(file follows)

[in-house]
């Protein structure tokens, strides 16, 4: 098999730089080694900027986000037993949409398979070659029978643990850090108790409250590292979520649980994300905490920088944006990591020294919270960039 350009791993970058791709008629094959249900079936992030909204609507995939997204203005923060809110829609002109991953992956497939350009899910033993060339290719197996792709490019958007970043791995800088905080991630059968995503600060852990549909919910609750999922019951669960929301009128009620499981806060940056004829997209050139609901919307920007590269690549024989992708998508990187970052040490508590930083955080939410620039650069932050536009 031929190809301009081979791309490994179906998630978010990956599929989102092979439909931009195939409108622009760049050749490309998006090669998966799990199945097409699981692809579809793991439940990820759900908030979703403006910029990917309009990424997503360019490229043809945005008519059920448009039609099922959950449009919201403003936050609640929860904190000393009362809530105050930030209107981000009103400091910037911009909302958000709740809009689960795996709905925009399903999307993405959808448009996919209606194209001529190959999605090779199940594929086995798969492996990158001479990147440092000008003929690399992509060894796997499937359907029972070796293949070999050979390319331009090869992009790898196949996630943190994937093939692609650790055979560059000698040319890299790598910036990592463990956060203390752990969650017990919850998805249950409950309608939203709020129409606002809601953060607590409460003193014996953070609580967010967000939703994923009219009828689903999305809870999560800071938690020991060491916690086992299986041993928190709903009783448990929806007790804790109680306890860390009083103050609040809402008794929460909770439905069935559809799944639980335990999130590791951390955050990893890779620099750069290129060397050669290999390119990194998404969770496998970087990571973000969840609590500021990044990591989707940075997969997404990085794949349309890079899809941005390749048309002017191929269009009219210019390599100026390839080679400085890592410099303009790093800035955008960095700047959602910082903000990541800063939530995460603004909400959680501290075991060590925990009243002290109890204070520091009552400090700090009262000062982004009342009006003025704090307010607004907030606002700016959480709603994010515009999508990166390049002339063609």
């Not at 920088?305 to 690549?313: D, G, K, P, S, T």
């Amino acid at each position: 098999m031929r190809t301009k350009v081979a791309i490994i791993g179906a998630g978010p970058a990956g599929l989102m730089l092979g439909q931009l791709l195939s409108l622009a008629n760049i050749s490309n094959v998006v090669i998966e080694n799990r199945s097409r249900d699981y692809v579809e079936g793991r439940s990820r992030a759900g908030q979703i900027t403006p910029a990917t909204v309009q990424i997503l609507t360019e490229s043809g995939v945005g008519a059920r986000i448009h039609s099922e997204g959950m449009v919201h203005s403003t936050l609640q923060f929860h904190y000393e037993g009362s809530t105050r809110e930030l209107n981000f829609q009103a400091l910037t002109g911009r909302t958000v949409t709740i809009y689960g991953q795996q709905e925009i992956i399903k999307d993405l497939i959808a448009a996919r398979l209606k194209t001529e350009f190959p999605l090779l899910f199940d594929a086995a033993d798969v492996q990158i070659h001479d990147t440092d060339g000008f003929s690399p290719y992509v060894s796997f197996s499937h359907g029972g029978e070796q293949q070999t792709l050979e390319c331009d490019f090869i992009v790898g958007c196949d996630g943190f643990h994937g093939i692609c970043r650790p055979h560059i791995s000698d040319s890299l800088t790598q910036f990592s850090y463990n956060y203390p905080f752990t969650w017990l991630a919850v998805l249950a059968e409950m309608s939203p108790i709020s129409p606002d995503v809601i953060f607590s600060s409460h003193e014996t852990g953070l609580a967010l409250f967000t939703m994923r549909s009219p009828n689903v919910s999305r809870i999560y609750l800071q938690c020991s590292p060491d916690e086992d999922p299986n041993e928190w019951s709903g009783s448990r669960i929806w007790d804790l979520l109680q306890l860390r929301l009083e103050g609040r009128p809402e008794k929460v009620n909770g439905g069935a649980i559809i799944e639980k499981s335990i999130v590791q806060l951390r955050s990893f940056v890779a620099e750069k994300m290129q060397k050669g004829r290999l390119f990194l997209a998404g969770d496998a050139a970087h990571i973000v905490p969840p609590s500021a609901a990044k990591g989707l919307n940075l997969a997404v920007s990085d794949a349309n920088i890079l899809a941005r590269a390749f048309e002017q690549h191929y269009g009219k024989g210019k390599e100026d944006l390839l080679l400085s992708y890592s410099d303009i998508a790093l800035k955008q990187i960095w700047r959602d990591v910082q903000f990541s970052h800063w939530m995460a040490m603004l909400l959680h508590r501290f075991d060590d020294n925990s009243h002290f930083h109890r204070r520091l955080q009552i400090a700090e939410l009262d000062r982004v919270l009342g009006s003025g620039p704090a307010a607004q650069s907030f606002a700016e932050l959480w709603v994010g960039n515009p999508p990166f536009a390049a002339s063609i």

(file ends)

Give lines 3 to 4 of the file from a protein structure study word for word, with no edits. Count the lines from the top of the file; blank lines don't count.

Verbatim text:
């Not at 920088?305 to 690549?313: D, G, K, P, S, T």
């Amino acid at each position: 098999m031929r190809t301009k350009v081979a791309i490994i791993g179906a998630g978010p970058a990956g599929l989102m730089l092979g439909q931009l791709l195939s409108l622009a008629n760049i050749s490309n094959v998006v090669i998966e080694n799990r199945s097409r249900d699981y692809v579809e079936g793991r439940s990820r992030a759900g908030q979703i900027t403006p910029a990917t909204v309009q990424i997503l609507t360019e490229s043809g995939v945005g008519a059920r986000i448009h039609s099922e997204g959950m449009v919201h203005s403003t936050l609640q923060f929860h904190y000393e037993g009362s809530t105050r809110e930030l209107n981000f829609q009103a400091l910037t002109g911009r909302t958000v949409t709740i809009y689960g991953q795996q709905e925009i992956i399903k999307d993405l497939i959808a448009a996919r398979l209606k194209t001529e350009f190959p999605l090779l899910f199940d594929a086995a033993d798969v492996q990158i070659h001479d990147t440092d060339g000008f003929s690399p290719y992509v060894s796997f197996s499937h359907g029972g029978e070796q293949q070999t792709l050979e390319c331009d490019f090869i992009v790898g958007c196949d996630g943190f643990h994937g093939i692609c970043r650790p055979h560059i791995s000698d040319s890299l800088t790598q910036f990592s850090y463990n956060y203390p905080f752990t969650w017990l991630a919850v998805l249950a059968e409950m309608s939203p108790i709020s129409p606002d995503v809601i953060f607590s600060s409460h003193e014996t852990g953070l609580a967010l409250f967000t939703m994923r549909s009219p009828n689903v919910s999305r809870i999560y609750l800071q938690c020991s590292p060491d916690e086992d999922p299986n041993e928190w019951s709903g009783s448990r669960i929806w007790d804790l979520l109680q306890l860390r929301l009083e103050g609040r009128p809402e008794k929460v009620n909770g439905g069935a649980i559809i799944e639980k499981s335990i999130v590791q806060l951390r955050s990893f940056v890779a620099e750069k994300m290129q060397k050669g004829r290999l390119f990194l997209a998404g969770d496998a050139a970087h990571i973000v905490p969840p609590s500021a609901a990044k990591g989707l919307n940075l997969a997404v920007s990085d794949a349309n920088i890079l899809a941005r590269a390749f048309e002017q690549h191929y269009g009219k024989g210019k390599e100026d944006l390839l080679l400085s992708y890592s410099d303009i998508a790093l800035k955008q990187i960095w700047r959602d990591v910082q903000f990541s970052h800063w939530m995460a040490m603004l909400l959680h508590r501290f075991d060590d020294n925990s009243h002290f930083h109890r204070r520091l955080q009552i400090a700090e939410l009262d000062r982004v919270l009342g009006s003025g620039p704090a307010a607004q650069s907030f606002a700016e932050l959480w709603v994010g960039n515009p999508p990166f536009a390049a002339s063609i």